Friday, April 10, 2009

Don't Get Lost, Now

I had a meeting on Wednesday morning at the Harvard Club in NYC, with Susan W. Bird. I've been a number of times before, for other meetings - but I always get confused on whether it is on 44th or 45th. So, I googled it on my bb.

And I thought...huh. I really can't get lost anymore. I have a TomTom in my car, I can search for anything via mobile, anywhere I go, and pull up a map if needed. I can't get lost. Actually, that means most people I know can't get lost.

Okay, who can get lost? Well, my mom. She doesn't do the tech thing so much. We take care of a cell for her, but let's be honest...she calls me on it, and she certainly isn't going to be doing any typing on a mobile device - she doesn't have a regular email address. (Please note I'm not poking fun here; she'd be the first to tell you the same thing.)

Susan and I had an interesting conversation about it - what that means, and how it will be so strange to my children when I recount some "old" anecdote about how their dad and I got lost somewhere and they'll say "well, how did you do that? Was there no wifi or cell service in that area?" Actually...they probably wouldn't even have that issue. Le sigh.

(On a side note, Susan is fascinating, and has a fascinating company, wf360...check it out.)

So then I came home at the end of that day, and thought about it a little more, and I recall my daughter's Christening last fall. A relative got lost on his way. There was some ensuing impatience with the fact that he's "old school" (sans mobile) from certain members of my family. And how there is no it almost seems ridiculous.

Did we lose our patience that fast? Did we all just lose the opportunity to get lost and actually find something new in the process? Good, or bad? Or....both.

Friday, April 3, 2009

Personal Business

I have a friend, a mentor of sorts, introduced to me by another mentor of sorts (who, come to think of it...was introduced to me by another mentor of sorts....but I digress...), who articulated the point that business and personal interactions aren't necessarily neatly separated, and that's a good thing.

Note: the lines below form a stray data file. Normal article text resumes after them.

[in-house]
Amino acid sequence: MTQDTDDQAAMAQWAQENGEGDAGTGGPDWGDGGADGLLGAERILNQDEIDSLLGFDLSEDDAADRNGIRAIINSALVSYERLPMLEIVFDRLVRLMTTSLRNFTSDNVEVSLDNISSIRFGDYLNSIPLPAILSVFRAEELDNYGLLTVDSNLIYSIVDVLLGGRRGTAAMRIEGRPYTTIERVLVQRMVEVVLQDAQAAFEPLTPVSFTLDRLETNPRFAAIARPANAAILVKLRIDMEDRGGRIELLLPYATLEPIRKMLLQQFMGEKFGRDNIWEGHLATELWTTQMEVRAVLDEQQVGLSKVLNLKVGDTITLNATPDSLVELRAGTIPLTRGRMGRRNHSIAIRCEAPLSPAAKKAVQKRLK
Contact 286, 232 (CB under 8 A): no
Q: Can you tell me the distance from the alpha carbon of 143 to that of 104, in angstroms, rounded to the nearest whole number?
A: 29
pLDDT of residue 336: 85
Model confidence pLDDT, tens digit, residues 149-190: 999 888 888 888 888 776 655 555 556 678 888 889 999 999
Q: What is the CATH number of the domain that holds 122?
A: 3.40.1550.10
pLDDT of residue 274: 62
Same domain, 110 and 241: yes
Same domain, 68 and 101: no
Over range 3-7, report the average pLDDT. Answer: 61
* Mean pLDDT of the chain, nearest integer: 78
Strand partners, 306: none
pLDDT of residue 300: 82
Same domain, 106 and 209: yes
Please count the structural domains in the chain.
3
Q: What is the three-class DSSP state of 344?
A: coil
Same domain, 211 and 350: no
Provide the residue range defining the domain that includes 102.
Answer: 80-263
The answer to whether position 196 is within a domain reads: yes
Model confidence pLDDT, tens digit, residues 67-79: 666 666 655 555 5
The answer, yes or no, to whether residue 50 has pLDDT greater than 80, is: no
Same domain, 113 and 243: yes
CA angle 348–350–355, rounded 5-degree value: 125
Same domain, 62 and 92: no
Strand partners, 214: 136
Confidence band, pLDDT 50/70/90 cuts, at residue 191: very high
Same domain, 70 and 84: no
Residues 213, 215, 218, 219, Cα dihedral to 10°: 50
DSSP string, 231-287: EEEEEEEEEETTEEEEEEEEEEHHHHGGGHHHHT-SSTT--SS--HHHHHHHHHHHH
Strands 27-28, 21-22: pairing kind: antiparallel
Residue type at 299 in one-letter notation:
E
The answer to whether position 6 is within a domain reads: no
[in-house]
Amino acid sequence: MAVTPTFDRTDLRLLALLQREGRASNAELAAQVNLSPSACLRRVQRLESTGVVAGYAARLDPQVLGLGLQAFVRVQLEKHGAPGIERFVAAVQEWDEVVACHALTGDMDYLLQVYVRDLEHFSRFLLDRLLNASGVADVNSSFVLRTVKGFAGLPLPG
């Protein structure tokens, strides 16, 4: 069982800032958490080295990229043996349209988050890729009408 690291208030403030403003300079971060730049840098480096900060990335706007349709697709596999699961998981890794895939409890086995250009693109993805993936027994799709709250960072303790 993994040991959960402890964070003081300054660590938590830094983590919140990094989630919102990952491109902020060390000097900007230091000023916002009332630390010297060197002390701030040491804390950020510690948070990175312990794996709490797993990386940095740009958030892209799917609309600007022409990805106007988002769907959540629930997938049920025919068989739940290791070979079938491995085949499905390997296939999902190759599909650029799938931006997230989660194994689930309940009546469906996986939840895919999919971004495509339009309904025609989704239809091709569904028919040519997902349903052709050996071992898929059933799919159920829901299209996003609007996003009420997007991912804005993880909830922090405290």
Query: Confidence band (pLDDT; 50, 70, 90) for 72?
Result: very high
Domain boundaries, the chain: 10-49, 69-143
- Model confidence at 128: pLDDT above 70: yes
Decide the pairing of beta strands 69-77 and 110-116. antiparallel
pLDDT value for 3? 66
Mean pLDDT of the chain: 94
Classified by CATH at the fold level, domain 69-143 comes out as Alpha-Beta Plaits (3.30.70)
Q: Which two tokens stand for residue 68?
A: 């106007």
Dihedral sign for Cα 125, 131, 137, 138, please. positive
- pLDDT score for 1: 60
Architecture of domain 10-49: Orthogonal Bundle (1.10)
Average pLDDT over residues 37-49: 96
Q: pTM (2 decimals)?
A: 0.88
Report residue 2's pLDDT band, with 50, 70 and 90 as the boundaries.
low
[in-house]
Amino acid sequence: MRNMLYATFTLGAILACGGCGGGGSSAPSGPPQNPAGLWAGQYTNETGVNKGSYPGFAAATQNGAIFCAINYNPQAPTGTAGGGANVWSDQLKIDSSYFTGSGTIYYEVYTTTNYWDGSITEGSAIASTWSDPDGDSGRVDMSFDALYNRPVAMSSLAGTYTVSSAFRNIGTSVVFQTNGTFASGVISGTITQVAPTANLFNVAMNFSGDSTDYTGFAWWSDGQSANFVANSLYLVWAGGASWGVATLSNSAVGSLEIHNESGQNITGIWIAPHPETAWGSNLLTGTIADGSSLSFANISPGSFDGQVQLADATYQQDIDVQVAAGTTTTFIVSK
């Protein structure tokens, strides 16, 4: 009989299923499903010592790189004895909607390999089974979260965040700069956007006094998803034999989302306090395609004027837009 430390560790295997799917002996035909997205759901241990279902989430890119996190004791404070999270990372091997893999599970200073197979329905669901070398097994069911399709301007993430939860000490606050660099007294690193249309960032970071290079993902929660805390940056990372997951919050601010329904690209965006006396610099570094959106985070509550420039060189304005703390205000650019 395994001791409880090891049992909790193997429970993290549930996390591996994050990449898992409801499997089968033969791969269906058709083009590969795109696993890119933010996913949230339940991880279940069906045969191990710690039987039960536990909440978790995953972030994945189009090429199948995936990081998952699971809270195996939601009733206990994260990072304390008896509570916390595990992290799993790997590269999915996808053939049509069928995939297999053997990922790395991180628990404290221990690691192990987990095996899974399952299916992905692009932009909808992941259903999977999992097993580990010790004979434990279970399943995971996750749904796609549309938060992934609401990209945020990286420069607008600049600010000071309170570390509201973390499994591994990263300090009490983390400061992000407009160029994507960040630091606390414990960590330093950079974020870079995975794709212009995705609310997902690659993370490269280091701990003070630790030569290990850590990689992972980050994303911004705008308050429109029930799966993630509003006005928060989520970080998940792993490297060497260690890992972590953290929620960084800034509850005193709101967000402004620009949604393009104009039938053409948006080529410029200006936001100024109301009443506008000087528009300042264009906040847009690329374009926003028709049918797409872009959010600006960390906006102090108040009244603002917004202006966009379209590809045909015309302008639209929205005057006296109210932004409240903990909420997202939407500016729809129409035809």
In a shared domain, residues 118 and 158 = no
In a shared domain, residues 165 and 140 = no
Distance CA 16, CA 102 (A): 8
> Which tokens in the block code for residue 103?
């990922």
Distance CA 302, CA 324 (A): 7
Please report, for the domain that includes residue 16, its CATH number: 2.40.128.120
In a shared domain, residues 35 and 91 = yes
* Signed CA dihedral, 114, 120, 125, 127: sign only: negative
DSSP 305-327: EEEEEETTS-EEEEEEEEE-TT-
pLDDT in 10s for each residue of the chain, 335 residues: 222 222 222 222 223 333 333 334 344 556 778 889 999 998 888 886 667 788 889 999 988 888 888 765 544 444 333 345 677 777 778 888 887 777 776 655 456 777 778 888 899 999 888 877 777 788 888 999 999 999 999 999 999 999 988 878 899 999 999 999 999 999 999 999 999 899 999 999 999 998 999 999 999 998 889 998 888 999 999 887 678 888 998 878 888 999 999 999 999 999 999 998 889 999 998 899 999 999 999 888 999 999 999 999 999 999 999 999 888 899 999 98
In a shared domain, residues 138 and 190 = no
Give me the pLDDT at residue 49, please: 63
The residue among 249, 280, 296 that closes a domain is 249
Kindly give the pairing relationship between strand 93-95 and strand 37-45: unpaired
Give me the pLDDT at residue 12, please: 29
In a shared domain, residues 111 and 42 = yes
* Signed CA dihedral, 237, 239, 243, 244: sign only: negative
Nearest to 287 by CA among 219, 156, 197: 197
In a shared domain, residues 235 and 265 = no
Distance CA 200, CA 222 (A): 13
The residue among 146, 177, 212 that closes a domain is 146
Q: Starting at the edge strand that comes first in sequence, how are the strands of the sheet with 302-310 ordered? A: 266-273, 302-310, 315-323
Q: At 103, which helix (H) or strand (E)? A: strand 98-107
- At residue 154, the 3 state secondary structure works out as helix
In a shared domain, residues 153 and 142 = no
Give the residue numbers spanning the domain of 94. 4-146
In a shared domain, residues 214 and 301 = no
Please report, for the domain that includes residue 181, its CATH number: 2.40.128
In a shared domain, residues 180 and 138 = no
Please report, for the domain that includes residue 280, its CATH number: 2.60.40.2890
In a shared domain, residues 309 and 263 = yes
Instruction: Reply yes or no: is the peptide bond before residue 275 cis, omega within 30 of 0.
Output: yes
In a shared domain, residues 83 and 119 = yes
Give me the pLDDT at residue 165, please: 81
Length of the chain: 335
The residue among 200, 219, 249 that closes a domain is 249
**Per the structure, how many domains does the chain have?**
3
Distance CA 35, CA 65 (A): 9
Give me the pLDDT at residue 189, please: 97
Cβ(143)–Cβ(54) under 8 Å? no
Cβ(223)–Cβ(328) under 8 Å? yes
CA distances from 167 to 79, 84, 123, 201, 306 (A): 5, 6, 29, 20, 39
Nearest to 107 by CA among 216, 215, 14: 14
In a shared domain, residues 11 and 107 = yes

I completely agree with this. Now that I've been at this work-for-myself thing for 6 months (yee-ha, btw), I have the ability to work on what I want to work on. With who I want to work with, more importantly.

And you know what...I only reach out to the people I really enjoyed working with. Sure, I'm networking my head off, but I have the luxury of pursuing engagement with folks I liked before, and that I know I'll enjoy working with again. I've got that handful of folks in my past that I could reach out to...big positions at big places...movers and shakers, if you will...but if I didn't like working with them then, why would I now?

I can't detach people from business. People DO business. I like people. Most, anyway.

Wednesday, April 1, 2009

Astronomy Lesson

Apologies for being such an absent blogger. Sheesh, what good am I?

O gave me some great fodder today. We went to IKEA this weekend, picked up a new roll of paper for his easel. Hooked it up today and he started drawing late this afternoon. Of course, I am not allowed to look at it until he is finished.

Here is his masterpiece. It is a picture of "space."

"See the rocketship? That's me, me in the rocketship...and that up there, that's the alien spaceship. That alien spaceship is trying to destroy my rocket but I'm not going to let it." (note shooting in picture)

"Wow, bud - that's pretty cool. I like the spaceship, but those are bad guys, right? What's down at the bottom?"

"That's an alien."

"He's a good alien?"

"Yeah, he's a good alien. And then that (points to top of picture)...that's...uh....that's the thing in space - the thing - the thing in space that pours milk. Yeah, what is that called Mom, that thing in space that pours milk?"

"Umm...(significant pause)...the big dipper?"

"Yeah, that's the big dipper. Yeah...that's what it is."